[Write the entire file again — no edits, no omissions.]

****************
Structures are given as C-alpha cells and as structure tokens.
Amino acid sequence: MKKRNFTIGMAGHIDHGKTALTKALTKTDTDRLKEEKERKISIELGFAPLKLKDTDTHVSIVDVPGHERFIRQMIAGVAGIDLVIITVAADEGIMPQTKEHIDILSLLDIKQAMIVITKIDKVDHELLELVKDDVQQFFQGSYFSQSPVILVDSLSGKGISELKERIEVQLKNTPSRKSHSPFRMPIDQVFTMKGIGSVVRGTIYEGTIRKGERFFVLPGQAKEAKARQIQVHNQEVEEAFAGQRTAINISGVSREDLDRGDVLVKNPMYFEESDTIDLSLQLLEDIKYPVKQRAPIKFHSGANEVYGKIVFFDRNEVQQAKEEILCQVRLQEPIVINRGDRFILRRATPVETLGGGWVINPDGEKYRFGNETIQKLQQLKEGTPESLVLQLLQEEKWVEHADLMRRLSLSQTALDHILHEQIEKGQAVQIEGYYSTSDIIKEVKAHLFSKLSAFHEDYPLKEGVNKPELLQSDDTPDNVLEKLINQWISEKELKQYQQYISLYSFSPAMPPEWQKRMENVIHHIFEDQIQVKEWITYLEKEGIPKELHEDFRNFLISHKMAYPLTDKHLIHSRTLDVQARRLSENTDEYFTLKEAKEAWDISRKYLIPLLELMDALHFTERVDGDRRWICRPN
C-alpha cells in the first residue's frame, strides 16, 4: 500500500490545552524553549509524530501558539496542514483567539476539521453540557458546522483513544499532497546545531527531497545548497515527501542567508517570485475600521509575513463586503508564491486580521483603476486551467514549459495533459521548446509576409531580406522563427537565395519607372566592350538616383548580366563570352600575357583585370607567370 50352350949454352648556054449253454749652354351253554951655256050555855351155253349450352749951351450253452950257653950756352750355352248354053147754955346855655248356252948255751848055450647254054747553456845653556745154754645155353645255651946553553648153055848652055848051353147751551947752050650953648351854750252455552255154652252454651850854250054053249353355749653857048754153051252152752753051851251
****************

Structures are given as C-alpha cells and as structure tokens.
Amino acid sequence: MKKRNFTIGMAGHIDHGKTALTKALTKTDTDRLKEEKERKISIELGFAPLKLKDTDTHVSIVDVPGHERFIRQMIAGVAGIDLVIITVAADEGIMPQTKEHIDILSLLDIKQAMIVITKIDKVDHELLELVKDDVQQFFQGSYFSQSPVILVDSLSGKGISELKERIEVQLKNTPSRKSHSPFRMPIDQVFTMKGIGSVVRGTIYEGTIRKGERFFVLPGQAKEAKARQIQVHNQEVEEAFAGQRTAINISGVSREDLDRGDVLVKNPMYFEESDTIDLSLQLLEDIKYPVKQRAPIKFHSGANEVYGKIVFFDRNEVQQAKEEILCQVRLQEPIVINRGDRFILRRATPVETLGGGWVINPDGEKYRFGNETIQKLQQLKEGTPESLVLQLLQEEKWVEHADLMRRLSLSQTALDHILHEQIEKGQAVQIEGYYSTSDIIKEVKAHLFSKLSAFHEDYPLKEGVNKPELLQSDDTPDNVLEKLINQWISEKELKQYQQYISLYSFSPAMPPEWQKRMENVIHHIFEDQIQVKEWITYLEKEGIPKELHEDFRNFLISHKMAYPLTDKHLIHSRTLDVQARRLSENTDEYFTLKEAKEAWDISRKYLIPLLELMDALHFTERVDGDRRWICRPN
C-alpha cells in the first residue's frame, strides 16, 4: 500500500490545552524553549509524530501558539496542514483567539476539521453540557458546522483513544499532497546545531527531497545548497515527501542567508517570485475600521509575513463586503508564491486580521483603476486551467514549459495533459521548446509576409531580406522563427537565395519607372566592350538616383548580366563570352600575357583585370607567370 50352350949454352648556054449253454749652354351253554951655256050555855351155253349450352749951351450253452950257653950756352750355352248354053147754955346855655248356252948255751848055450647254054747553456845653556745154754645155353645255651946553553648153055848652055848051353147751551947752050650953648351854750252455552255154652252454651850854250054053249353355749653857048754153051252152752753051851251